Small Business Spotlight: Jonathan Meier, Rain Brothers co-owner:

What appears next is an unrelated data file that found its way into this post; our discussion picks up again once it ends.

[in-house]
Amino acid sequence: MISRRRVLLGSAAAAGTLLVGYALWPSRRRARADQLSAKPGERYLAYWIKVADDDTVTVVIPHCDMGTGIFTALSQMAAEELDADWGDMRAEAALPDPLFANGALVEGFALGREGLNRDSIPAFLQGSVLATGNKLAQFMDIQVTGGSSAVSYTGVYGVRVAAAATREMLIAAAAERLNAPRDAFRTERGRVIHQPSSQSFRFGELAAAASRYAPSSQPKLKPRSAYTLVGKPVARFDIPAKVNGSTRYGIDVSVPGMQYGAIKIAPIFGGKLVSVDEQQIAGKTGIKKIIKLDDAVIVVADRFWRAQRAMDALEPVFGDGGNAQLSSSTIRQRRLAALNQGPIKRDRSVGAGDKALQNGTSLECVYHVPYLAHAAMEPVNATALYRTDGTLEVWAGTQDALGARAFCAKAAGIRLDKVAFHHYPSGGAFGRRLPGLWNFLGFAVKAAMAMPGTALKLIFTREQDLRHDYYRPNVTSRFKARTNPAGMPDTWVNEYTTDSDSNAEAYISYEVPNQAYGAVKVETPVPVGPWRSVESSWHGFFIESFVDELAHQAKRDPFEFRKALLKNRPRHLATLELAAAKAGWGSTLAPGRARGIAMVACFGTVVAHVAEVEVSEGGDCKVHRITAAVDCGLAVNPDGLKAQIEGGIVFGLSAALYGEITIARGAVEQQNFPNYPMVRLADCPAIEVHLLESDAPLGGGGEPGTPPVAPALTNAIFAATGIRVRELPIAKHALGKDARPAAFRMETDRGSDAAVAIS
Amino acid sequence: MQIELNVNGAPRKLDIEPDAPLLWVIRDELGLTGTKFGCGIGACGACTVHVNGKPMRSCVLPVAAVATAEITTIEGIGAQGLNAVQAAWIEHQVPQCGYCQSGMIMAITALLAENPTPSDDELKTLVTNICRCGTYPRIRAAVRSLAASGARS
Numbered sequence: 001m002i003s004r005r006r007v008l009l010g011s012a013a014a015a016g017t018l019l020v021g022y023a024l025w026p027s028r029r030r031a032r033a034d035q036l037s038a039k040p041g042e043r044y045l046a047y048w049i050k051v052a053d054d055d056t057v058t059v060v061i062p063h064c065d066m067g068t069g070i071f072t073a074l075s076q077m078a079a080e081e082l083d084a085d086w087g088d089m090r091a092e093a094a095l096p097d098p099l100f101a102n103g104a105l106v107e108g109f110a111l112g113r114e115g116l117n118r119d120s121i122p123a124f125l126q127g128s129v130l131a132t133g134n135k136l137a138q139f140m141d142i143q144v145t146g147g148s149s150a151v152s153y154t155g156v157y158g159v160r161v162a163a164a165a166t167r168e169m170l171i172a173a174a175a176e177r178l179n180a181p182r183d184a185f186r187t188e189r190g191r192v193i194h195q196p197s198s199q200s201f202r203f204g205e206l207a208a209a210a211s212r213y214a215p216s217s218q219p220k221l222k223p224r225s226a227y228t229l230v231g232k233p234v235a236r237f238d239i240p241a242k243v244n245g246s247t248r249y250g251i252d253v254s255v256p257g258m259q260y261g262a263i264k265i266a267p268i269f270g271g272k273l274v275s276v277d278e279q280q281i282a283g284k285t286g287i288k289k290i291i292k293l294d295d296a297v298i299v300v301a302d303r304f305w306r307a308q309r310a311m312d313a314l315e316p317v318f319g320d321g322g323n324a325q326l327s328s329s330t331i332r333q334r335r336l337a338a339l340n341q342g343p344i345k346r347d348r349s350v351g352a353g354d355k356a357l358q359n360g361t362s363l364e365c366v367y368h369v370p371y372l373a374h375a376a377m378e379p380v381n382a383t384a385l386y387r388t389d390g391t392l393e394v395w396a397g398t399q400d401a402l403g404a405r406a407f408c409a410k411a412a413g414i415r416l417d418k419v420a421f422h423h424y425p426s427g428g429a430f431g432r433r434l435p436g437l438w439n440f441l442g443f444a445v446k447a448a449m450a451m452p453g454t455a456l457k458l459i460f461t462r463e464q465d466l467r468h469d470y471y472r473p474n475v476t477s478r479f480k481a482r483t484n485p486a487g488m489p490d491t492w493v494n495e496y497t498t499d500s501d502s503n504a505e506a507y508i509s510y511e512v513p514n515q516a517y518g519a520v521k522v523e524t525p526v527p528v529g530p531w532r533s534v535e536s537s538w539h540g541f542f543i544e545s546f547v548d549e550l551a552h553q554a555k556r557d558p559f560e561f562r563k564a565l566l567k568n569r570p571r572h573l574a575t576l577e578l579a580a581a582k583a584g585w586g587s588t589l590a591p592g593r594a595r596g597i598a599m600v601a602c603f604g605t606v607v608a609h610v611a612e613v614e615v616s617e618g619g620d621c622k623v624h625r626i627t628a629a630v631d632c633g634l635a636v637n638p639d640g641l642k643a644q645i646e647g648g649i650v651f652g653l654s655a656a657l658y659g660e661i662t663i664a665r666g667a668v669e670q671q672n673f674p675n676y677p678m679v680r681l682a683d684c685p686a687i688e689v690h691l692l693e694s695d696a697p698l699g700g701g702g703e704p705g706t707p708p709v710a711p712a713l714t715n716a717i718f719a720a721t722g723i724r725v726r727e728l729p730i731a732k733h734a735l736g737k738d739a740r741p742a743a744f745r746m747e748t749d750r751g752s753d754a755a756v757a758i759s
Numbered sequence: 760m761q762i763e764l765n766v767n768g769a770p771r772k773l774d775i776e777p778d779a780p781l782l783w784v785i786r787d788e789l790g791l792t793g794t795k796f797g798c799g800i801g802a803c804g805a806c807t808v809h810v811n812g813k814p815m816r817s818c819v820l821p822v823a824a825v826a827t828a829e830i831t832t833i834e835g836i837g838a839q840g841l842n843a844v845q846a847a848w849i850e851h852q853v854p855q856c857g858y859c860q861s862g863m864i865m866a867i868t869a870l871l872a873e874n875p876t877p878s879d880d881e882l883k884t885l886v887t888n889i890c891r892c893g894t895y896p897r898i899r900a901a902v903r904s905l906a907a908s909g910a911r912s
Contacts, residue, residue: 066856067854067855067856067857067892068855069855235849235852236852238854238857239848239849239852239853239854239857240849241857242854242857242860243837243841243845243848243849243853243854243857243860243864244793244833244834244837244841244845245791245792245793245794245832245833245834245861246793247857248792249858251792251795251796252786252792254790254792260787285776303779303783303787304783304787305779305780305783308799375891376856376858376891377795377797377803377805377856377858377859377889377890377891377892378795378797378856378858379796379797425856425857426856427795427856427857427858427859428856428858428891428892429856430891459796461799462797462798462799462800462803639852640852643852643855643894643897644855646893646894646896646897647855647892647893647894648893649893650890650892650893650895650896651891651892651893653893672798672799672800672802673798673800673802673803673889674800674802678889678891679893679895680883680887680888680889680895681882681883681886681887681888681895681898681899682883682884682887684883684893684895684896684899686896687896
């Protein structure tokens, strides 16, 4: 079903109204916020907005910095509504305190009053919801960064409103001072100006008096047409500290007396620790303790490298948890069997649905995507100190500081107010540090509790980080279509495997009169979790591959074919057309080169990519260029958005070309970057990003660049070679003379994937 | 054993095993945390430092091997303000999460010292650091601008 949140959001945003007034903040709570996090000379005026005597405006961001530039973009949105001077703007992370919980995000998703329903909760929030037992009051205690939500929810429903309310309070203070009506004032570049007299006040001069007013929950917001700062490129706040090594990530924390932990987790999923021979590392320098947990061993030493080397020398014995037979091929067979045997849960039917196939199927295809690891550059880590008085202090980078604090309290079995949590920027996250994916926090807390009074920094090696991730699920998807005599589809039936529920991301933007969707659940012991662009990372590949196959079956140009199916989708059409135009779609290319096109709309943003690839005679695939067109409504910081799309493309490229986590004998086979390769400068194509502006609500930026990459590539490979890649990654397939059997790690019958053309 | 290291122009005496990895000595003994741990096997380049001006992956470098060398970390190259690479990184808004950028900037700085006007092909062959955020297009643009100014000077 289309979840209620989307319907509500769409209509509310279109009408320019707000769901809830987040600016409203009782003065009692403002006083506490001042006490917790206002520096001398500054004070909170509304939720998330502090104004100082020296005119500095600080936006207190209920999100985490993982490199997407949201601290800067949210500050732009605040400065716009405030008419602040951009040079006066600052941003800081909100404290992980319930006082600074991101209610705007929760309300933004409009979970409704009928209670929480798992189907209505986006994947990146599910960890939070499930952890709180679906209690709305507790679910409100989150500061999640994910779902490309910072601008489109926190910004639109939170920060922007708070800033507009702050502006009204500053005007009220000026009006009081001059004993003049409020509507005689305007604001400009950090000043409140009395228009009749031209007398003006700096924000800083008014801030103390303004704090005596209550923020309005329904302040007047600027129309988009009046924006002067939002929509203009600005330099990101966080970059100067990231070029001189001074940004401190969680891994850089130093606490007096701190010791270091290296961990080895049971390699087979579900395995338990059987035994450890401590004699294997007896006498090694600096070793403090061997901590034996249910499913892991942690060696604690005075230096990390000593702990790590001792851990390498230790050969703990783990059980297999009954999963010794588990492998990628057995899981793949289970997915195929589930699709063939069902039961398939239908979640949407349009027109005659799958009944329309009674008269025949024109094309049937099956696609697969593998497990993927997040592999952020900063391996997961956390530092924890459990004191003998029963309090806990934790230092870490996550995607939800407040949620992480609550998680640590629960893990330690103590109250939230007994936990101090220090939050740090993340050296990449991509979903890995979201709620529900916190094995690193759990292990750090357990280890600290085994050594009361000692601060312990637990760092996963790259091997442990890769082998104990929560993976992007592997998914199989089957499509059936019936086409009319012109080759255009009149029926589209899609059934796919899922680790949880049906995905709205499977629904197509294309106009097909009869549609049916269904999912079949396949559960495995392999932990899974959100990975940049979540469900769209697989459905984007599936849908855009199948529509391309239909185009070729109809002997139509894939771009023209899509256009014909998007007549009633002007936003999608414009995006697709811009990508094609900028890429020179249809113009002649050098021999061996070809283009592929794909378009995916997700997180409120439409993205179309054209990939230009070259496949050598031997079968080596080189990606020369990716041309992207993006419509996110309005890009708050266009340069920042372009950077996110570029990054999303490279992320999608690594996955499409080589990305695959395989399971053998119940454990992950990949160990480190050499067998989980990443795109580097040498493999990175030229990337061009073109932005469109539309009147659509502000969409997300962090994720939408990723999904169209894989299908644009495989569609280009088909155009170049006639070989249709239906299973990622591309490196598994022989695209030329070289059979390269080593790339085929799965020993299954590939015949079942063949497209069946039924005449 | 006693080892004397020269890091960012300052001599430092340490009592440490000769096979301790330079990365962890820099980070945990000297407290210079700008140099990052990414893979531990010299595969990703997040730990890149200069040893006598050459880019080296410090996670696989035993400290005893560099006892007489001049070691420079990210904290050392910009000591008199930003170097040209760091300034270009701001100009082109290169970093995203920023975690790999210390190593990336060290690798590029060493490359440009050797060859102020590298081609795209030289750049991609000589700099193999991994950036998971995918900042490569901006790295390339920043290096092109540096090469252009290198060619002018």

An interview with Jonathan Meier, Rain Brothers co-owner: 1. How long has your firm been in business? Eight years. 2. How did you become interested in sustainable design/construction? I originally moved toward sustainable construction through working and living in an economically depressed neighborhood in Columbus. I wanted to do something in the neighborhood to create employment opportunities that provided fair wages, provided meaningful work, and demonstrated environmental stewardship. Our company started when I – along with my good friend Gordy Smith and five young men from the neighborhood – started constructing large- and small-scale rainwater harvesting systems in our backyard for urban farmers throughout Columbus. It grew into a passion from there. I also come from several generations of well drillers, so working with water is in the blood. Passion + Roots = Let’s Do This Thing! 3. What was your first job in the industry? We put in a large underground system at the Ohio Governor’s Residence early on in our business. Through the encouragement of Hope Taft (who was head of the native conservation efforts in the backyard of the Residence), we installed a 3,000-gallon catchment system with irrigation. Needless to say, it was a bit intimidating to go at an underground system in this high-profile setting. 4. What are a few projects your most proud of? We have done several large-scale rainwater systems for commercial applications – those are always rewarding from an ethical standpoint because they tend to have the biggest effect. But, honestly, the projects that I am most proud of are the ones where we’re given a tight budget and asked to design a thoughtful system. Challenges of this sort give me the most hope for change because it forces us to build out of necessity (instead of habit and comfort) and it pushes us to be more creative and more accessible with our work. I do not feel like we’re doing any justice to the greater good unless we can develop cost-effective, easily-implementable water solutions. The rainwater system we installed at The Ohio State University is an example of this type of system: The budget was derived from grant funding, and we were asked to develop a design-build package that would maximize system capacity and effect while minimizing cost. We also did a large-scale system for Franklin Park Conservatory that was quite enjoyable to design. 5. What is your vision for energy and environmental design in the next decade? My vision for energy and environmental design in the next decade involves having the green movement station itself amongst the poor. “Necessity is the mother of all innovation/invention.” None know that better than those who live day-to-day in a position of necessity. I have seen some amazingly innovative things constructed by people who are just trying to get by right here in Columbus (including several bike- and human-powered machines). Those who struggle have much to contribute and much to gain from environmental policies, so the marriage of the movement with struggling communities is natural. 6. What do you see as the greatest challenges for developing a sustainable built environment? Cost is certainly a large factor in the stalling of a transition into a green economy. But the speed at which things happen in construction is, I would argue, an obstruction to true progress. I am often both amazed and troubled by how quickly things happen. In our experience with Rain Brothers, often times, sustainable design is an afterthought or an addition instead of an approach. It is completely understandable that things happen so quickly (especially since few can afford to be slow and deliberate). Nonetheless, we have found that quickness generally impedes sustainability. 7. How does (or can) the USGBC-COH help you overcome these challenges? Perhaps by highlighting (through publications?) cost-effective, easily implementable green construction practices. And I’m not talking about screwing in an LED light bulb – but rather stories geared toward engineers, contractors, and architects from engineers, contractors, and architects about how to, say, simplify or modularize underground housing, or how to construct more healthy, naturally-aerated ponds that serve as natural swimming pools as well as irrigation sources (because, let’s face it, rainwater harvesting tanks are expensive), etc. 8. What types of projects are you focusing on right now? We are working on installing some pilot fire protection tanks (underground) in rural parts of Ohio. We are also getting ready to install a large-scale rainwater reuse system for Mitchell’s Ice Cream in Cleveland, and are working on a large-scale stormwater management system utilizing best management practices for a ranch north of Columbus. 9. Finish this statement: Early in my career, I wish someone had told me..... That growing a small business sucks. Few people will appreciate a job well done. Even fewer will recognize personal sacrifice for the business’ and/or customer’s sake. And hardly anyone will know when you’re working ridiculous hours and making very little. Realizing this is helpful, because it might make it easier to say “no” to jobs that don’t serve you, your ethic, and/or your business. 10. Finish this statement: I wish I had more time to... Farm, network, start other small businesses, cook

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